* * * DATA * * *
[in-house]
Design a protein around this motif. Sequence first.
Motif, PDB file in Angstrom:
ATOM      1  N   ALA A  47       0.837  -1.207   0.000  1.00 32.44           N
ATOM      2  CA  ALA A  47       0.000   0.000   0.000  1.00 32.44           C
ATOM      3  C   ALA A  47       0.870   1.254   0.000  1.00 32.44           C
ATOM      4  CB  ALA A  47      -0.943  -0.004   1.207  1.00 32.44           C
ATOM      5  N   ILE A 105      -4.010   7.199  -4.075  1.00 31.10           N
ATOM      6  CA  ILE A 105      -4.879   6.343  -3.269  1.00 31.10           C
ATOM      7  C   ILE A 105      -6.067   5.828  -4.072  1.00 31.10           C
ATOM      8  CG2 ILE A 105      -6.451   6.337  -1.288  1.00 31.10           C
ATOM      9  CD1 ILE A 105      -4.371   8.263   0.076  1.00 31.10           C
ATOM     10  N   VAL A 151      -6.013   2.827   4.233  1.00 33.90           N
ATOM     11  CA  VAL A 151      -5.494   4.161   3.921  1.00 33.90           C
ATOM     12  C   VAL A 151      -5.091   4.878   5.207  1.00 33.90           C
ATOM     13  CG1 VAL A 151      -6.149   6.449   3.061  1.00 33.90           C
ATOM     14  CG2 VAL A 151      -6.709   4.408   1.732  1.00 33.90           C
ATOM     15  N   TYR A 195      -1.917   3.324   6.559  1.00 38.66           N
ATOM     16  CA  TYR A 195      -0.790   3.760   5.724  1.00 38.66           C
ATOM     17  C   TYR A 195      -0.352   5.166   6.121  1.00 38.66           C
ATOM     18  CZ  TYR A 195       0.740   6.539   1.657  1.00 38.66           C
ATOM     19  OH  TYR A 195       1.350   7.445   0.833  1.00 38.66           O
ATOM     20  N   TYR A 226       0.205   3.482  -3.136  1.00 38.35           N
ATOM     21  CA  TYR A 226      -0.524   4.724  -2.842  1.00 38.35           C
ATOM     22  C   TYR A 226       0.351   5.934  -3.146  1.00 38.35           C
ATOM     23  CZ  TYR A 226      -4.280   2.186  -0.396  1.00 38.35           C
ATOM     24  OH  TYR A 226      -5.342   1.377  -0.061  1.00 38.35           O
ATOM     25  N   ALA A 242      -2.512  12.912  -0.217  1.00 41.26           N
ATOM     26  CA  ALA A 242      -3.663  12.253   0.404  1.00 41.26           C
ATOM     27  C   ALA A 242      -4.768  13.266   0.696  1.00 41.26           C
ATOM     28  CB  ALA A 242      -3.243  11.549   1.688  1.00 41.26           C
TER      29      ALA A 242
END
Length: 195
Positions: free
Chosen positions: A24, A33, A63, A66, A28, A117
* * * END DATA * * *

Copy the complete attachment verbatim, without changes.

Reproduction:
[in-house]
Design a protein around this motif. Sequence first.
Motif, PDB file in Angstrom:
ATOM      1  N   ALA A  47       0.837  -1.207   0.000  1.00 32.44           N
ATOM      2  CA  ALA A  47       0.000   0.000   0.000  1.00 32.44           C
ATOM      3  C   ALA A  47       0.870   1.254   0.000  1.00 32.44           C
ATOM      4  CB  ALA A  47      -0.943  -0.004   1.207  1.00 32.44           C
ATOM      5  N   ILE A 105      -4.010   7.199  -4.075  1.00 31.10           N
ATOM      6  CA  ILE A 105      -4.879   6.343  -3.269  1.00 31.10           C
ATOM      7  C   ILE A 105      -6.067   5.828  -4.072  1.00 31.10           C
ATOM      8  CG2 ILE A 105      -6.451   6.337  -1.288  1.00 31.10           C
ATOM      9  CD1 ILE A 105      -4.371   8.263   0.076  1.00 31.10           C
ATOM     10  N   VAL A 151      -6.013   2.827   4.233  1.00 33.90           N
ATOM     11  CA  VAL A 151      -5.494   4.161   3.921  1.00 33.90           C
ATOM     12  C   VAL A 151      -5.091   4.878   5.207  1.00 33.90           C
ATOM     13  CG1 VAL A 151      -6.149   6.449   3.061  1.00 33.90           C
ATOM     14  CG2 VAL A 151      -6.709   4.408   1.732  1.00 33.90           C
ATOM     15  N   TYR A 195      -1.917   3.324   6.559  1.00 38.66           N
ATOM     16  CA  TYR A 195      -0.790   3.760   5.724  1.00 38.66           C
ATOM     17  C   TYR A 195      -0.352   5.166   6.121  1.00 38.66           C
ATOM     18  CZ  TYR A 195       0.740   6.539   1.657  1.00 38.66           C
ATOM     19  OH  TYR A 195       1.350   7.445   0.833  1.00 38.66           O
ATOM     20  N   TYR A 226       0.205   3.482  -3.136  1.00 38.35           N
ATOM     21  CA  TYR A 226      -0.524   4.724  -2.842  1.00 38.35           C
ATOM     22  C   TYR A 226       0.351   5.934  -3.146  1.00 38.35           C
ATOM     23  CZ  TYR A 226      -4.280   2.186  -0.396  1.00 38.35           C
ATOM     24  OH  TYR A 226      -5.342   1.377  -0.061  1.00 38.35           O
ATOM     25  N   ALA A 242      -2.512  12.912  -0.217  1.00 41.26           N
ATOM     26  CA  ALA A 242      -3.663  12.253   0.404  1.00 41.26           C
ATOM     27  C   ALA A 242      -4.768  13.266   0.696  1.00 41.26           C
ATOM     28  CB  ALA A 242      -3.243  11.549   1.688  1.00 41.26           C
TER      29      ALA A 242
END
Length: 195
Positions: free
Chosen positions: A24, A33, A63, A66, A28, A117